Investec Asset Management's Peter Baird: 'Egypt has a very good macroeconomics story'

The asset manager has added Egyptian supermarket chain Spinneys to its private equity portfolio of investments.

Investec Asset Management’s private-equity unit has delved into Egypt’s retail market by acquiring a controlling stake in supermarket chain Spinneys. This is the asset manager’s first private-equity investment in Egypt and the eighth investment by its second pan-African private equity fund. 

Spinneys is also the third African grocery retailer that Investec has backed, with the other two including a stake in OK Zimbabwe, which Investec offloaded in 2018, as well as Kamoso, a Botswana-based retailer, which the asset manager is still invested in.

Spinneys – which operates 13 retail outlets mostly based in Egypt’s capital of Cairo and focuses on fresh produce, in-store bakeries, and in-house label ranges – is a big deal for Investec Asset Management.

Investec Asset Management’s managing principal of the Africa private equity strategy Peter Baird (pictured) said the firm is backing Egypt’s migration from informal to formal retail. In this interview with M&A Africa, Peter discusses Egypt’s investment potential, building scale in Spinneys, and rest-of-Africa markets Investec Asset Management is targeting. 

M&A Africa: Why is Investec Asset Management backing Egypt?

Peter: Egypt has a very good macroeconomics story. There are about 100-million people, with a large and growing base of middle-income consumers. Egypt has pretty good infrastructure, industrial base, and productivity. The country is looking at five percent to six percent real GDP growth for 2019 and inflation, which spiked after the currency devaluation, is trending down rapidly. The country also has easing monetary policy and an exchange rate that is attractively priced. There is good political stability, a good deal eco-system and good rule of law.

M&A Africa: And what about Egypt’s retail market?

Peter: The Egyptian retail market is still largely informal. A big part of the grocery retail chain investment thesis in Egypt is the country’s migration from informal to formal. There is an explosion of residential suburbs, particularly around Cairo. There are dual-income families that drive cars and want to shop. There is a boom in residential and commercial real estate, and Spinneys has the potential to be the anchor tenant in a lot of neighbourhood and regional malls. Spinneys only has 13 stores. It doesn’t take a lot to double or triple that store base.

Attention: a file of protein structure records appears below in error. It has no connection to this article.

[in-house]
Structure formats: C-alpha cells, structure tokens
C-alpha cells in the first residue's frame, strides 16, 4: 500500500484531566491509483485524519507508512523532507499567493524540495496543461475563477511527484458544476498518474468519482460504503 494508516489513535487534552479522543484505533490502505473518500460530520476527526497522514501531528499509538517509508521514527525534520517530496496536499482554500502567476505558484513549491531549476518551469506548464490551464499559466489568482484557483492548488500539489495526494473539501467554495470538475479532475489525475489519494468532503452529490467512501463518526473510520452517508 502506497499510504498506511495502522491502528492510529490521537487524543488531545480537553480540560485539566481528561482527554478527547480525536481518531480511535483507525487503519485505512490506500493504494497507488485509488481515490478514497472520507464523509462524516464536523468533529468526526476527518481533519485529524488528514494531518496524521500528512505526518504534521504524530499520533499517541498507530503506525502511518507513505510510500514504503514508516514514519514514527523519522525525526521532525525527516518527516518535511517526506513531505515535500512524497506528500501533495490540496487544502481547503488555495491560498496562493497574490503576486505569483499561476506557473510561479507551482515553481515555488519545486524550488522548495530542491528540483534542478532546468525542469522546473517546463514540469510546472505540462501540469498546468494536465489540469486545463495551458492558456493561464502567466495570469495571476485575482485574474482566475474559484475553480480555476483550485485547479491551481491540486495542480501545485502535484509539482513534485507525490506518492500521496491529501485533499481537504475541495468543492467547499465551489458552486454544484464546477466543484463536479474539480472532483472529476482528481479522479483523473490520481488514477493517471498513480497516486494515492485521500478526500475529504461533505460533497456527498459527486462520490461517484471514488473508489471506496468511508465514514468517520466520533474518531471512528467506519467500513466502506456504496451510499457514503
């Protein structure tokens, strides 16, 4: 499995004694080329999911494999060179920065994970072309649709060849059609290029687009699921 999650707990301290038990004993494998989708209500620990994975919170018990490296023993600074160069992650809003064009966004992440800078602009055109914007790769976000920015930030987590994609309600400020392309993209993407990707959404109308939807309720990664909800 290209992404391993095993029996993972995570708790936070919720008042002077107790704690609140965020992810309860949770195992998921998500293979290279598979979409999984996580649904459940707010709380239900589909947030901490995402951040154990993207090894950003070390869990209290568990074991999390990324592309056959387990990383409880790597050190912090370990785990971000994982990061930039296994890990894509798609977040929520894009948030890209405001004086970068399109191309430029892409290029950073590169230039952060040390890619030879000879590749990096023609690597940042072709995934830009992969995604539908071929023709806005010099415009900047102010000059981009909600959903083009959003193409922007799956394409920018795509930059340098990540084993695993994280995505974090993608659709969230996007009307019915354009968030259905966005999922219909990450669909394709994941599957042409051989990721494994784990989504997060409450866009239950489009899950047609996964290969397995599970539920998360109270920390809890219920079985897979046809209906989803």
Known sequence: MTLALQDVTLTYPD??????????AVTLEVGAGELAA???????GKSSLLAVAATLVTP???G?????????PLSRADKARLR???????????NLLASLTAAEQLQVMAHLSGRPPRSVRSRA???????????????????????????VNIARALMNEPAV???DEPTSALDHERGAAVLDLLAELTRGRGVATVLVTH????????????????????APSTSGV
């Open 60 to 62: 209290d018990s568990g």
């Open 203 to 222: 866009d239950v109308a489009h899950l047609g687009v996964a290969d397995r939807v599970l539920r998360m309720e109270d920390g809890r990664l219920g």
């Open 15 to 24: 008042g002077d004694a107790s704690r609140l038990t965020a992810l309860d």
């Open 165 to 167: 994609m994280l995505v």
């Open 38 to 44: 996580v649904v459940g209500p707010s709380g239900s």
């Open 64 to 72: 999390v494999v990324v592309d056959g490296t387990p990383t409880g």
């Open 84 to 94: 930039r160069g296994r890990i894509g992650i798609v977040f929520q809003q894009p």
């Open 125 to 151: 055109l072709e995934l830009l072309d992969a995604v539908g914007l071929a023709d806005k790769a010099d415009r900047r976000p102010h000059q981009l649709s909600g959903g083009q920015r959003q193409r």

M&A Africa: The life of the second pan-African private equity fund expires on April 2024. Investec is five years into the fund. Do you view Spinneys as a long-term hold?

Peter: One of the reasons we like Spinneys is that it can be held for a relatively short period. We think there will be strategic buyers for Spinneys and the possibility of listing the business if we grow it. Spinneys is a well-run business. They just need some capital and support, and we can provide all of that.  

M&A Africa: Investec didn’t disclose the full size of its interest in Spinney’s or what it paid for it. How is the pricing of assets in Egypt and the rest of Africa?

Peter: Not specific to Egypt, or to this transaction, our general observation is that entry valuations across Africa have come down materially over the last few years.  This has been driven by a real reduction in available risk capital. Across the board, we have seen entry multiples come down two to three times of Ebitda (earnings before interest, taxes, depreciation, and amortization). This reflects the risk premium and supply-demand imbalances in risk capital, and a prevailing negative sentiment toward emerging markets generally and Africa in particular.  From our perspective, we believe that it’s the right time to be buying assets.

M&A Africa: Is the pan-African private equity fund sector agnostic in terms of its investment preferences?

Peter: We have preferences, but we are not sector-specific. We are excited about businesses that have low market risk and low technology risk, are cash-generative and have market-leading positions. We generally don’t buy with any leverage at all. Our ideal transaction is to control (or own 100 percent of) an established and cash-generating entity it with no leverage at all. This leads us to sectors such as healthcare, education, consumer goods, and telecoms.

M&A Africa: Are you seeing a big pipeline of assets in those sectors throughout the continent?

Peter:  We are seeing great deals. I’ve been working in the private equity market for a long time and it now feels like the best deal-making environment that I have seen because of a scarcity of risk capital and a lot of good opportunities available. We are seeing that business confidence is strong in countries we are targeting, enthusiasm for investment and economic growth is strong.

M&A Africa: And which countries are piquing Investec’s interest?

Peter: As we’ve discussed, we like Egypt a lot.  We also like Morocco, where we have owned a great transport and logistics business for the last couple of years.  We have made three investments in South Africa, and like the recovery thesis in our home market.  We are interested in East African countries, particularly, Kenya, Uganda, and Rwanda. We are also watching Ghana, Senegal, and Ethiopia. We have quite a lot of exposure in Nigeria, through our investment into telecoms towers business IHS Africa. We view Nigeria with a little trepidation because its economic recovery after the recession has been weak. We are happy with being selective in terms of jurisdiction and finding pan African regional champions.